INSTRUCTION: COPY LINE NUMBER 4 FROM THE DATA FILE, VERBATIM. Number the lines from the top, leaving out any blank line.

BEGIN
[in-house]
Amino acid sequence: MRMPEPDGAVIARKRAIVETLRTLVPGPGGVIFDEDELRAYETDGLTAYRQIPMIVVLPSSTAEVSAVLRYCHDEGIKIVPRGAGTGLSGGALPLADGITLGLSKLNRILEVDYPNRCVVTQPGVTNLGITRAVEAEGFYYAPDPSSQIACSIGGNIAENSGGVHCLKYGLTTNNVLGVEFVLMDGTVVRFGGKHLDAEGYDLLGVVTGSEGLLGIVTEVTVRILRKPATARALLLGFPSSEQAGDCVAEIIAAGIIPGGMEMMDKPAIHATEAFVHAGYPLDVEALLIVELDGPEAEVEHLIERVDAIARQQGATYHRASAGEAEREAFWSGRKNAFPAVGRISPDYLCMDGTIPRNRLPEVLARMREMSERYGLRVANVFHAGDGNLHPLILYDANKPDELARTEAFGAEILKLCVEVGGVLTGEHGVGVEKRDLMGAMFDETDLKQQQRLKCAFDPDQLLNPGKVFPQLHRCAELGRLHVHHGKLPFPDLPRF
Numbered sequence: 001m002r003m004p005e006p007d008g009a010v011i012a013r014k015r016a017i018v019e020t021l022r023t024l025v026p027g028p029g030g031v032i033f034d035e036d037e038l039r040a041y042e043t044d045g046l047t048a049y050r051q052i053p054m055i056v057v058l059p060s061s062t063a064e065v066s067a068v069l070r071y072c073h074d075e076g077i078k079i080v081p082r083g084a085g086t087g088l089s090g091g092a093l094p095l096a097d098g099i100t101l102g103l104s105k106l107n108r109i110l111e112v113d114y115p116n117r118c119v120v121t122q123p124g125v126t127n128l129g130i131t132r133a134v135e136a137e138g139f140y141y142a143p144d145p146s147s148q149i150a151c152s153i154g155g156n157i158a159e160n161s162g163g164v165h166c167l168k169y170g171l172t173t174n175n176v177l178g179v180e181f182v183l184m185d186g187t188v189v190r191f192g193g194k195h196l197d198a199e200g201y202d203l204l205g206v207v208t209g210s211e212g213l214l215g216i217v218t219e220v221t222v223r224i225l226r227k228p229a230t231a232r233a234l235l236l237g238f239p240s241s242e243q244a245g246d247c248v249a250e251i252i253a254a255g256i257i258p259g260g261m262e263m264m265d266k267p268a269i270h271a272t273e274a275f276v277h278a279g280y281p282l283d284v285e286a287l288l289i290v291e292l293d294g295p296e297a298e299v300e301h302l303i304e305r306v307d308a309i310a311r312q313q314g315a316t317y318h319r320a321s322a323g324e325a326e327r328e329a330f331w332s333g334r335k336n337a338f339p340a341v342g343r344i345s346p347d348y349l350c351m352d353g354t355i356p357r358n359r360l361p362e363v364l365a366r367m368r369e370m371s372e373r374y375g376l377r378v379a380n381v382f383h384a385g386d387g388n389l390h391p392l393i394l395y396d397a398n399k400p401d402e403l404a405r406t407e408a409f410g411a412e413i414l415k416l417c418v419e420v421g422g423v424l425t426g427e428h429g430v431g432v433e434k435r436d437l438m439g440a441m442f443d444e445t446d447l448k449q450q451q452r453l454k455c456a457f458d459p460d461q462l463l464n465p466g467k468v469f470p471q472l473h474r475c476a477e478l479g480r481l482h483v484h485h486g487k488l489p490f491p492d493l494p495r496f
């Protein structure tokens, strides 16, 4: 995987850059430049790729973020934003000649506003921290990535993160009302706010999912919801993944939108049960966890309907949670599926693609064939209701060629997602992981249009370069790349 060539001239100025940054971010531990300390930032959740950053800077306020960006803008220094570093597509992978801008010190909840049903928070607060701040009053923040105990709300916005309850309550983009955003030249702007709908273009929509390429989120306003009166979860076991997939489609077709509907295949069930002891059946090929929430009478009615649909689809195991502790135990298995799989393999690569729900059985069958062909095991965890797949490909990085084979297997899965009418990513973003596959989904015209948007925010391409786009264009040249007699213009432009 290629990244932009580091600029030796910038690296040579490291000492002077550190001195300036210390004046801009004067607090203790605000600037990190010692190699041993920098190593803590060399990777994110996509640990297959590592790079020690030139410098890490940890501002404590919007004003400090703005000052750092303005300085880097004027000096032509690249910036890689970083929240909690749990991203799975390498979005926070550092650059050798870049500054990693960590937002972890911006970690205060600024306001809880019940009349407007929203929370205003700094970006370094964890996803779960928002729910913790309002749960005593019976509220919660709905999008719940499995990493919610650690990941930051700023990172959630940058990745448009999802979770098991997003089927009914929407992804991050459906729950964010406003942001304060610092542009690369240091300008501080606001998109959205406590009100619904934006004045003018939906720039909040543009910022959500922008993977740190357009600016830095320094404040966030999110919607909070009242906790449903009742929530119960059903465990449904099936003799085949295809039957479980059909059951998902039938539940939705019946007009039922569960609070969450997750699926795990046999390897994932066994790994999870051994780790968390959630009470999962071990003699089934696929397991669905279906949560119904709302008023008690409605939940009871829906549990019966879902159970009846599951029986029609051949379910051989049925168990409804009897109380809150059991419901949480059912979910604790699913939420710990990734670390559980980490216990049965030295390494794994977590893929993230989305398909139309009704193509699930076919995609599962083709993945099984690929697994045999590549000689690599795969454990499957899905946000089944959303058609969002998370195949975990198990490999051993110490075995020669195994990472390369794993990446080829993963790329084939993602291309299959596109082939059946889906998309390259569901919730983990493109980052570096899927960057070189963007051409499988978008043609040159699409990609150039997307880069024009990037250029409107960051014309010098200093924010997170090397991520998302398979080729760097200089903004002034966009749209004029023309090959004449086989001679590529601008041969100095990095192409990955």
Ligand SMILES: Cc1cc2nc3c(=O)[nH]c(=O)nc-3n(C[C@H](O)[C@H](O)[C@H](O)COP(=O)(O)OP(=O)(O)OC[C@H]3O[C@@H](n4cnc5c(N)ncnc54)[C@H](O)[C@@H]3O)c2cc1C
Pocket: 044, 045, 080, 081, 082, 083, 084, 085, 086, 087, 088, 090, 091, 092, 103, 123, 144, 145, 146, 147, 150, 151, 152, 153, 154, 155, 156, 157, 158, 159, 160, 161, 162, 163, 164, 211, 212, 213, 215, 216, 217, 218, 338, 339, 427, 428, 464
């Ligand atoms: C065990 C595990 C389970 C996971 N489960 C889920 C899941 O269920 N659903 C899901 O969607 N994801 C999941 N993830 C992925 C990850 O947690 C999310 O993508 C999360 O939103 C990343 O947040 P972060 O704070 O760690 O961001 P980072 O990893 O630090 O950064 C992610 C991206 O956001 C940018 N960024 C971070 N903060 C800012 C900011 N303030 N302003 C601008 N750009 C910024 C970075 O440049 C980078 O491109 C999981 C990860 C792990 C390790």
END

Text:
């Protein structure tokens, strides 16, 4: 995987850059430049790729973020934003000649506003921290990535993160009302706010999912919801993944939108049960966890309907949670599926693609064939209701060629997602992981249009370069790349 060539001239100025940054971010531990300390930032959740950053800077306020960006803008220094570093597509992978801008010190909840049903928070607060701040009053923040105990709300916005309850309550983009955003030249702007709908273009929509390429989120306003009166979860076991997939489609077709509907295949069930002891059946090929929430009478009615649909689809195991502790135990298995799989393999690569729900059985069958062909095991965890797949490909990085084979297997899965009418990513973003596959989904015209948007925010391409786009264009040249007699213009432009 290629990244932009580091600029030796910038690296040579490291000492002077550190001195300036210390004046801009004067607090203790605000600037990190010692190699041993920098190593803590060399990777994110996509640990297959590592790079020690030139410098890490940890501002404590919007004003400090703005000052750092303005300085880097004027000096032509690249910036890689970083929240909690749990991203799975390498979005926070550092650059050798870049500054990693960590937002972890911006970690205060600024306001809880019940009349407007929203929370205003700094970006370094964890996803779960928002729910913790309002749960005593019976509220919660709905999008719940499995990493919610650690990941930051700023990172959630940058990745448009999802979770098991997003089927009914929407992804991050459906729950964010406003942001304060610092542009690369240091300008501080606001998109959205406590009100619904934006004045003018939906720039909040543009910022959500922008993977740190357009600016830095320094404040966030999110919607909070009242906790449903009742929530119960059903465990449904099936003799085949295809039957479980059909059951998902039938539940939705019946007009039922569960609070969450997750699926795990046999390897994932066994790994999870051994780790968390959630009470999962071990003699089934696929397991669905279906949560119904709302008023008690409605939940009871829906549990019966879902159970009846599951029986029609051949379910051989049925168990409804009897109380809150059991419901949480059912979910604790699913939420710990990734670390559980980490216990049965030295390494794994977590893929993230989305398909139309009704193509699930076919995609599962083709993945099984690929697994045999590549000689690599795969454990499957899905946000089944959303058609969002998370195949975990198990490999051993110490075995020669195994990472390369794993990446080829993963790329084939993602291309299959596109082939059946889906998309390259569901919730983990493109980052570096899927960057070189963007051409499988978008043609040159699409990609150039997307880069024009990037250029409107960051014309010098200093924010997170090397991520998302398979080729760097200089903004002034966009749209004029023309090959004449086989001679590529601008041969100095990095192409990955």